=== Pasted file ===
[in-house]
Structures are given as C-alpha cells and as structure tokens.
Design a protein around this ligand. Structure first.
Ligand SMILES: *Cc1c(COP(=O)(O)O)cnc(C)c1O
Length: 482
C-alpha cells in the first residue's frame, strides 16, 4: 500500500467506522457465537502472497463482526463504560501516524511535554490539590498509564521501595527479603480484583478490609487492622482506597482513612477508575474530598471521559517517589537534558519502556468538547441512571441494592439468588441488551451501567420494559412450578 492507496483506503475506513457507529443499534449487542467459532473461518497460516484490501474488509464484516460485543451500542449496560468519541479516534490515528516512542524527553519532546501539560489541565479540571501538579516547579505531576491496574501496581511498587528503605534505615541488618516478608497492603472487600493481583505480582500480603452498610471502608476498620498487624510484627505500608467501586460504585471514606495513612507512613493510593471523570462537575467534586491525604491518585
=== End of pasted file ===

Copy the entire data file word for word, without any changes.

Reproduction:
[in-house]
Structures are given as C-alpha cells and as structure tokens.
Design a protein around this ligand. Structure first.
Ligand SMILES: *Cc1c(COP(=O)(O)O)cnc(C)c1O
Length: 482
C-alpha cells in the first residue's frame, strides 16, 4: 500500500467506522457465537502472497463482526463504560501516524511535554490539590498509564521501595527479603480484583478490609487492622482506597482513612477508575474530598471521559517517589537534558519502556468538547441512571441494592439468588441488551451501567420494559412450578 492507496483506503475506513457507529443499534449487542467459532473461518497460516484490501474488509464484516460485543451500542449496560468519541479516534490515528516512542524527553519532546501539560489541565479540571501538579516547579505531576491496574501496581511498587528503605534505615541488618516478608497492603472487600493481583505480582500480603452498610471502608476498620498487624510484627505500608467501586460504585471514606495513612507512613493510593471523570462537575467534586491525604491518585